BAILEY: I haven't.

PEREIRA: What would you tell them?

BAILEY: I haven't been in that position. I played for a great organization with the Utah Jazz for a long time and then the Minnesota Timberwolves. If any of those thoughts were there, we never knew about them. Never surfaced. I don't believe that they were there because of how everyone was treated. The problem here is that was a private conversation. And I think allegedly we all understand the proof has to be there, but for me that was his voice.

PEREIRA: For many people.

BERMAN: You can't put this back this discussion back in the bottle here.

BAILEY: No, you cannot. There are so many things that you deal with in this country where you have freedom of speech and so you have to consider all of those things but something -- whether it's the fact that now we're aware of this -- this discussion is a good thing. What happens to him will remain to be seen. BERMAN: Can I ask a question. Some people have been talking about this, including LZ Granderson, Marc Lemont Hill, professor who were on here before. They were saying the players, the players on the Clippers and the players around the league have spoken out against the words of Donald Sterling and turned their shirts inside out, they really need to do more here or they should be doing more. They should refuse to play, they should stage a sit in and stand up and do something that would get in the way of the game.

BAILEY: I think there's a certain order. I think right now it's not really a rush to judgment on Donald Sterling. It really is whose hands is it in right now? It really is in the camp of the ownership, because Adam Silver works for them. So the first comments, the first reactions, ought to come from him. We're kind of on standby waiting to see. The NBA retired players association and NBA and current players are great partners. But I think there is an order of things.

PEREIRA: Let's say it doesn't go as far as people want? What then Thurl? What then?

BAILEY: That's a good question. I think this is bigger than just inside the arena of basketball so to speak. This has ramifications way outside of those boundaries. I don't know what the answer is honestly. I don't know how you punish a guy when he has a freedom of speech to say what he wants but at the same time what he does affects so many lives.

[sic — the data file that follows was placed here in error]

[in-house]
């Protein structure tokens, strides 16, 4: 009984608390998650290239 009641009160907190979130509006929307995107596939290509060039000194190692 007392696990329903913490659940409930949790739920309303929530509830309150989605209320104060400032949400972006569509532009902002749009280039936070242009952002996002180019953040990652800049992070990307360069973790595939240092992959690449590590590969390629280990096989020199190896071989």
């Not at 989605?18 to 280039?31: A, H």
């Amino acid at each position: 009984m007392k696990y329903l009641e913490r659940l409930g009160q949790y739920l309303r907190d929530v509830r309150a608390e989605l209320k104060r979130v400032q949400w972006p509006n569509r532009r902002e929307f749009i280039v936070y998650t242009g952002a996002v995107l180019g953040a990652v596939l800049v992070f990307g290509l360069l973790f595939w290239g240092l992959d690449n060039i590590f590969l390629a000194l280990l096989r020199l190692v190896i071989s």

BERMAN: I was talking to someone notice commission's office. They full well know this a momentous time and momentous decision for this new, young commissioner. So I am sure he will make it wisely.

PEREIRA: Thurl, we are going to ask you to return at this hour tomorrow. We would like to talk to you about what is said at that press conference and also what happens tonight. All eyes are certainly on Los Angeles and on the Clippers. We are going to continue to look at this scandal that is surrounding the owner of the Clippers as we wait to hear how the NBA plans to handle this situation. One more time we'll remind you that press conference is scheduled for 2:00 p.m. Eastern and you can catch it right here on CNN.

BERMAN: Another big story we're following right now. Good night Malaysian flight 370. Those, of course, the final words heard from flight 370. Today the victims' families heard them - heard the recording for the very first time. This all coming as an Australian company claims to have found signs of plane wreckage. Coming up at this hour, the very latest - the very latest mystery on this missing flight.

(COMMERCIAL BREAK)

BERMAN: So could this be it? The head of an Australian exploration company says he believes that they have now found signs of plane wreckage most likely from a Boeing plane.

PEREIRA: But it's thousands of miles away from the area they are currently searching in, in the ongoing flight for 370. David Pope, the head of the company GeoResonance, says the wreckage that they believe is Flight 370 is in the Bay of Bengal, about a 100 miles off the coats of Bangladesh. They spotted it using all sorts of technology that picks up lots metals, aluminum, titanium, etc. on the ocean floor. Pope says he hopes Malaysian authorities will follow-up but he turned over a report to them a month ago and didn't get action until he went public with the information.

(BEGIN VIDEO CLIP)